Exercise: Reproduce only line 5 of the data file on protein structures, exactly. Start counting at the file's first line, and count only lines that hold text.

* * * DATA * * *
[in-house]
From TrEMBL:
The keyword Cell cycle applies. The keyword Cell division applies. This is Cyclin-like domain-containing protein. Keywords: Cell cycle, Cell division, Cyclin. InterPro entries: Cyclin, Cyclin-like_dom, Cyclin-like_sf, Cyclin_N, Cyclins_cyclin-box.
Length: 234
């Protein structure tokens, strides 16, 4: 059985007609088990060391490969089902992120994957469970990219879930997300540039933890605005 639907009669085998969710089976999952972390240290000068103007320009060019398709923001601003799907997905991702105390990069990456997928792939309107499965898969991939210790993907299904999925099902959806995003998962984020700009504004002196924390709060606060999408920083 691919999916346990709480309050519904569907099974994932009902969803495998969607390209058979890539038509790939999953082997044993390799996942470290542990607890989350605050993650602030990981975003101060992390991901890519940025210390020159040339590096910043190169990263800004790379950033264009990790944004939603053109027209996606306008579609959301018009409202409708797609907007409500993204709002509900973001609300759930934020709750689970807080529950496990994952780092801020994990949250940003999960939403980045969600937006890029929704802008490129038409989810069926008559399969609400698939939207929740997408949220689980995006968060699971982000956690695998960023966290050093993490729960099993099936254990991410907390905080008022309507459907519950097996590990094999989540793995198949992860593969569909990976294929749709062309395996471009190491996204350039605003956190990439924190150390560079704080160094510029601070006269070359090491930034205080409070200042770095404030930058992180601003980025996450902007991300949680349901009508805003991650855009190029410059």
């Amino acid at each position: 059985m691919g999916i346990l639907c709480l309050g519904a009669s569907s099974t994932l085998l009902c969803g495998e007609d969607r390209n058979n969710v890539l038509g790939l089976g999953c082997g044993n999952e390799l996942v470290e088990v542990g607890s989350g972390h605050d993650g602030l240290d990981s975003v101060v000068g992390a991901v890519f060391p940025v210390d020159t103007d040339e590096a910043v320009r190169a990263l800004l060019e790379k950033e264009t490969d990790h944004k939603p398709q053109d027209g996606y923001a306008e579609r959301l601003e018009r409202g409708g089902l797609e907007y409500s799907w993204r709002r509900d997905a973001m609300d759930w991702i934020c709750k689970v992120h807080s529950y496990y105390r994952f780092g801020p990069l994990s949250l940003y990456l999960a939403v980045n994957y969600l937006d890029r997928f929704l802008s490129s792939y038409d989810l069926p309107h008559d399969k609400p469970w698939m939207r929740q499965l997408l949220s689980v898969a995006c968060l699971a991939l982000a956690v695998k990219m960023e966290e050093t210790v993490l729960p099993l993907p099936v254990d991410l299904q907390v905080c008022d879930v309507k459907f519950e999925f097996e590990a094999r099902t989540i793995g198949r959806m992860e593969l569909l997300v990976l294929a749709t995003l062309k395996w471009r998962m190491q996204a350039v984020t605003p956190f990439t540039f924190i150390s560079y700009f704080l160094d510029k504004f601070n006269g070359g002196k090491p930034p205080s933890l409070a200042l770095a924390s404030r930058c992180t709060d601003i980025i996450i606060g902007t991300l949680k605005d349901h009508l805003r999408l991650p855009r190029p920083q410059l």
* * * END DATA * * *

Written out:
């Protein structure tokens, strides 16, 4: 059985007609088990060391490969089902992120994957469970990219879930997300540039933890605005 639907009669085998969710089976999952972390240290000068103007320009060019398709923001601003799907997905991702105390990069990456997928792939309107499965898969991939210790993907299904999925099902959806995003998962984020700009504004002196924390709060606060999408920083 691919999916346990709480309050519904569907099974994932009902969803495998969607390209058979890539038509790939999953082997044993390799996942470290542990607890989350605050993650602030990981975003101060992390991901890519940025210390020159040339590096910043190169990263800004790379950033264009990790944004939603053109027209996606306008579609959301018009409202409708797609907007409500993204709002509900973001609300759930934020709750689970807080529950496990994952780092801020994990949250940003999960939403980045969600937006890029929704802008490129038409989810069926008559399969609400698939939207929740997408949220689980995006968060699971982000956690695998960023966290050093993490729960099993099936254990991410907390905080008022309507459907519950097996590990094999989540793995198949992860593969569909990976294929749709062309395996471009190491996204350039605003956190990439924190150390560079704080160094510029601070006269070359090491930034205080409070200042770095404030930058992180601003980025996450902007991300949680349901009508805003991650855009190029410059």